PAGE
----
PNG MP Allan Bird on death threats: ‘Picking on me isn’t a smart thing to do’

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East Sepik Governor Allan Bird
East Sepik Governor Allan Bird . . . "I was informed about 10 days ago of the threats against my life. I've heard a few more threats are in fact active." Image: PNG Post-Courier

By Eleisha Foon, RNZ Pacific senior journalist

Papua New Guinea’s rising voice as opposition candidate for prime minister, East Sepik Governor Allan Bird, has pushed back after addressing recent death threats.

Bird told RNZ Pacific he has declined police protection and is opting to use his own security after his nomination as opposition candidate for prime minister resulted in alleged threats to his personal safety.

“I was informed about 10 days ago of the threats against my life. I’ve heard a few more threats are in fact active,” he said.

“So I thought, probably the best way to declare it would be to put it out in the public domain.”

He said three senior government ministers informed him about the death threats and were no longer contacting him, due to concerns his phone was “being monitored”.

Bird was confident in his security to keep him safe and said whoever was behind the threats had picked on the wrong person.

“My people served with the allied forces in the Second World War. So my grandfather did that. He was uneducated. So picking on me is not a smart thing to do.”

RNZ Pacific has contacted the PNG police for comment after Bird accused authorities of illegally monitoring his phone and looking for dirt to charge and arrest him.

“I have nothing to hide. So, apparently, they haven’t found any dirt.”

PNG riots aftermath
“I do understand that they’re trying to connect me as one of the masterminds behind the Black Wednesday day events in Port Moresby.”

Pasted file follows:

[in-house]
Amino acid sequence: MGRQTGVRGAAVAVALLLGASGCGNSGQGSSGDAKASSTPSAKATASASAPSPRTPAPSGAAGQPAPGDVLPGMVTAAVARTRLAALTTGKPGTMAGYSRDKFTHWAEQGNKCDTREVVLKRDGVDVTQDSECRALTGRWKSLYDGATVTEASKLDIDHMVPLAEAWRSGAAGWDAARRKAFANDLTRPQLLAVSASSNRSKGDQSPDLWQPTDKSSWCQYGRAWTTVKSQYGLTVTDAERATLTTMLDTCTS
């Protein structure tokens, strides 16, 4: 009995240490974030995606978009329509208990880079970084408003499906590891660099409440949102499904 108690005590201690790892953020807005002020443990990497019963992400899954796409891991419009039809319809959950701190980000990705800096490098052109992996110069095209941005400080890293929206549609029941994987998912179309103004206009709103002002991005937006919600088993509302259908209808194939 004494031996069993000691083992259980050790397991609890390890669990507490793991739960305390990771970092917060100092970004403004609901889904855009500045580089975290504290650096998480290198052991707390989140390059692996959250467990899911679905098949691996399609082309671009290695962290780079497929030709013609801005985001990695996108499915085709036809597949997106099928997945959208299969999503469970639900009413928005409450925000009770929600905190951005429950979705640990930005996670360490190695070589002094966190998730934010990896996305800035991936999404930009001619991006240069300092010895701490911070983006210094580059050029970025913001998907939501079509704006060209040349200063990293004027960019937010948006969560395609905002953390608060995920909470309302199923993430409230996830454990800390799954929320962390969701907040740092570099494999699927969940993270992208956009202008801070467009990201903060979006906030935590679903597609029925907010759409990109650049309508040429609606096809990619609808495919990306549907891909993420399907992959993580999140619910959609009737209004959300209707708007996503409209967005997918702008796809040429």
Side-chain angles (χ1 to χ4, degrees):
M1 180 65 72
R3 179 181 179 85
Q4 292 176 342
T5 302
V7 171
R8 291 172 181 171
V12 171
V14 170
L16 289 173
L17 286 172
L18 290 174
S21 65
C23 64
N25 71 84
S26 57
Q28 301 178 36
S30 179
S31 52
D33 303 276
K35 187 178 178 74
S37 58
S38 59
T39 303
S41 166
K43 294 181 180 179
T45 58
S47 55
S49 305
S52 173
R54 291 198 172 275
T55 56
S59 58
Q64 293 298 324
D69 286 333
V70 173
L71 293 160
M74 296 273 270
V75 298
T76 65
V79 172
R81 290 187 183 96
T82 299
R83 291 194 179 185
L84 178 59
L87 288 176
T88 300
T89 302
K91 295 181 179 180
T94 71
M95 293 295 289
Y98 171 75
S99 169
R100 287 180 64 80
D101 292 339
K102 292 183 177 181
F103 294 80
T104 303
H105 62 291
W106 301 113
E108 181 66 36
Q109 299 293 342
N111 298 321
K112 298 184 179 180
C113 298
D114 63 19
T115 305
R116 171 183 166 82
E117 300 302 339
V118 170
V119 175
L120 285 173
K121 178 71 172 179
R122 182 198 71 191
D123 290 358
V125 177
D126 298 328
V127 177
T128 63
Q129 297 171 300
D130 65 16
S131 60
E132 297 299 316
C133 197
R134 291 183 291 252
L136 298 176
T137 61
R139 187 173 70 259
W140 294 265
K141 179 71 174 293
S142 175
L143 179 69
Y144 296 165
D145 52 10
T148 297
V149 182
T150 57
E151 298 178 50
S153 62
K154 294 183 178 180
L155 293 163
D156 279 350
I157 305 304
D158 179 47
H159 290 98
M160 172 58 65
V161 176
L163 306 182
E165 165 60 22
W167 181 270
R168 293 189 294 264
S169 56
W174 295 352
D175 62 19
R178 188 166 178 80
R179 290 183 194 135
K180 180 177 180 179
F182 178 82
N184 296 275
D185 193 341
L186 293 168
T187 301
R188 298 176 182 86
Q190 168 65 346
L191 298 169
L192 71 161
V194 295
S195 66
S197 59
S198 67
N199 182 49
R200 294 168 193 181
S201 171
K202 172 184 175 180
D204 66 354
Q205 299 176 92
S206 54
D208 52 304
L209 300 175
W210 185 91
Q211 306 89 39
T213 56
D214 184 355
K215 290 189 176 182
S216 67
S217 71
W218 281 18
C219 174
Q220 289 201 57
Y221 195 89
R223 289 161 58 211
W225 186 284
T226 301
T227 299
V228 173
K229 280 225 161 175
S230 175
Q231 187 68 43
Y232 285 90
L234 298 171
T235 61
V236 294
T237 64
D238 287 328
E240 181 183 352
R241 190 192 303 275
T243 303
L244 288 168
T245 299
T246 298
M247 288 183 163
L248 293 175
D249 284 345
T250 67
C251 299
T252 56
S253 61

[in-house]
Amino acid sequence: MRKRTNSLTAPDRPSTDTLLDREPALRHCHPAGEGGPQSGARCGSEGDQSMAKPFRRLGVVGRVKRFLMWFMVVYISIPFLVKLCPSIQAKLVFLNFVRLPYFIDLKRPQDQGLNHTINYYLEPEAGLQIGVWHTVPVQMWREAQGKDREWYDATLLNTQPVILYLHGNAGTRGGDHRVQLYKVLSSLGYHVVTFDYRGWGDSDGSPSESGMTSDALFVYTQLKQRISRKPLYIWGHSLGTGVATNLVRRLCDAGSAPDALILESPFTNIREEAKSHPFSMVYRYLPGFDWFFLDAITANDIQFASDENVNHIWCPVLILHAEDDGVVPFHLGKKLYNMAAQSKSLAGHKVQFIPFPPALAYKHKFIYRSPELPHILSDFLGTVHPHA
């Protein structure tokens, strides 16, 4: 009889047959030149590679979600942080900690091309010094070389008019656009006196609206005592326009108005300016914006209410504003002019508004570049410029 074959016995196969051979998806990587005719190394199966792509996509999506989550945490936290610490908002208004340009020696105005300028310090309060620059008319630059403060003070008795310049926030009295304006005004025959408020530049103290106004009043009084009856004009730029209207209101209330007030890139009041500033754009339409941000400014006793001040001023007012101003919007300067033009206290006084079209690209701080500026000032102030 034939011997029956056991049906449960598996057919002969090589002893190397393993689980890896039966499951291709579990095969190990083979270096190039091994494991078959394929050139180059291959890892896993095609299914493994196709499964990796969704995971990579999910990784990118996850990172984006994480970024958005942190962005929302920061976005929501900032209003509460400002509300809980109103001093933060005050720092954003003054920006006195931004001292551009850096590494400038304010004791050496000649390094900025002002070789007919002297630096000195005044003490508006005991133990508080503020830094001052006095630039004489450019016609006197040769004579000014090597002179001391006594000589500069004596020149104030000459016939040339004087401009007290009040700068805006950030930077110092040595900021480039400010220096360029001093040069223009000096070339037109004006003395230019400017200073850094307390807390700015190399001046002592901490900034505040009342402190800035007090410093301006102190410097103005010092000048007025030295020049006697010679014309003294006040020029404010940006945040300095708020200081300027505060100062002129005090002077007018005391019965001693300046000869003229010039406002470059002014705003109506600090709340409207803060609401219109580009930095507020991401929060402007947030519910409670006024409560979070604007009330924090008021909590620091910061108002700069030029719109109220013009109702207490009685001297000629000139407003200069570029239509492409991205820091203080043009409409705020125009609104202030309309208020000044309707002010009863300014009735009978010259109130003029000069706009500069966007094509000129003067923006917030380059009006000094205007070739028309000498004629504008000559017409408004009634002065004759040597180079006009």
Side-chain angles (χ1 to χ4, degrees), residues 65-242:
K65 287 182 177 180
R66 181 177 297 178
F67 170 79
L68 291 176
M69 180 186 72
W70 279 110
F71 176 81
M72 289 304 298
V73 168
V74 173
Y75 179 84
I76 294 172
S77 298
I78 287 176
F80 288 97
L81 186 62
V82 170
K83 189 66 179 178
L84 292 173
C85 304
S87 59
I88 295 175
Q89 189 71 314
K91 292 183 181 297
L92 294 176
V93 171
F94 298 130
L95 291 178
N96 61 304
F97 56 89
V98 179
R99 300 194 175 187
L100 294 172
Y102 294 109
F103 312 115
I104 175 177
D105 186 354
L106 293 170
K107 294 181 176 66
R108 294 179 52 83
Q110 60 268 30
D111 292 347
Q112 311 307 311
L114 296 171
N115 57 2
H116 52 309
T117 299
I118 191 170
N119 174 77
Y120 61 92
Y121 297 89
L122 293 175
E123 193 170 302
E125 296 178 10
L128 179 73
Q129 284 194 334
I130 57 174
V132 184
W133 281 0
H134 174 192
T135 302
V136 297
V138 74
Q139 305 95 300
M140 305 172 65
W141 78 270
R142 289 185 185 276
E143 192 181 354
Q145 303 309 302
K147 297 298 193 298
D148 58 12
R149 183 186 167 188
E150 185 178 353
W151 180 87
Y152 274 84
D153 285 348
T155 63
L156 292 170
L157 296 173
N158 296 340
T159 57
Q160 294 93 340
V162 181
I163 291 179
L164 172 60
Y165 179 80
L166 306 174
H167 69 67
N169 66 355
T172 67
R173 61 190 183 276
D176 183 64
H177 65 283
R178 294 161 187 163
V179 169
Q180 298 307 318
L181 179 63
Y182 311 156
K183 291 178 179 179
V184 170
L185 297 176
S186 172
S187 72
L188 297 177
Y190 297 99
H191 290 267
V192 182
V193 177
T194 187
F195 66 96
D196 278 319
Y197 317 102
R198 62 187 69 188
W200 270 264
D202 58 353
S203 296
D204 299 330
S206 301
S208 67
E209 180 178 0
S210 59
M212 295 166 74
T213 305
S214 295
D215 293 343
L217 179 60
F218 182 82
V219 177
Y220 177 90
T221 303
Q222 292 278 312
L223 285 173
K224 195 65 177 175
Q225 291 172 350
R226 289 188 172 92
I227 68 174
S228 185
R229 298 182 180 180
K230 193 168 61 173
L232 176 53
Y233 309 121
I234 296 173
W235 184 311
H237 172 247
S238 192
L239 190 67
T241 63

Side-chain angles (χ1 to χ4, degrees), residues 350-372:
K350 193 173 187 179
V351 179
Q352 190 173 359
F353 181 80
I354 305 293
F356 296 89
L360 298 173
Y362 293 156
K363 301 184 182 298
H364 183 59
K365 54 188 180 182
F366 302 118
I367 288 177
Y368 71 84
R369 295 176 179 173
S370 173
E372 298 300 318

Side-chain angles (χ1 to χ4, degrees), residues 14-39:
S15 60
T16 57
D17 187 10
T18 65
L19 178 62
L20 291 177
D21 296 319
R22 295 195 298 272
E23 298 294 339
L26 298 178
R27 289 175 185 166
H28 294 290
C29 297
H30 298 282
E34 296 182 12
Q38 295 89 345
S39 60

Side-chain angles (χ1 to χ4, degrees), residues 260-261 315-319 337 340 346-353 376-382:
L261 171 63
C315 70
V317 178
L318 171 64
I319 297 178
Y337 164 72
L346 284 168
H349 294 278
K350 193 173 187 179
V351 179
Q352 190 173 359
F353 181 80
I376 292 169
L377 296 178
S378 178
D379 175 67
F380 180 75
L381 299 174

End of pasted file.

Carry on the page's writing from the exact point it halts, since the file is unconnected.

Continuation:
He said it would be “almost impossible because I was out of the country prior to that happening. And then I understand they’re looking now at all my travel allowances, so they’re looking at that to see what they can find.”

Regarding the threats, he said: “I’m not too stressed. These are some of the things you expect in PNG, otherwise you wouldn’t be in PNG.”

Bird said he did not trust the country’s police and declined their offer for protection, opting to use his own personal security instead.

“If things get pretty bad in the capital, I will just go back home. But for now, I’m just keeping a low profile, not really moving around, just restricting movements.”

He addressed sceptics who criticised him for attempting to boost his profile to become PNG’s next prime minister.

Bird said he had accepted the nomination as candidate out of “respect to his colleagues.”

‘Asked by my caucus’
“I didn’t put my hand up. I was asked by my caucus.”

He said, the country needed change, even if it was at the expense of his safety.

“Who wants to run around with security guards all the time?

“Whoever gets into the hot seat, whether it’s me or someone else, in all seriousness and honesty will soon to have to deal with these problems, the problems that are begging for solutions, and these are personal criticisms of Prime Minister Marape.”

He said supporters of the nation’s current leader James Marape lacked proper education and said it was “like a cult following”.

This article is republished under a community partnership agreement with RNZ.

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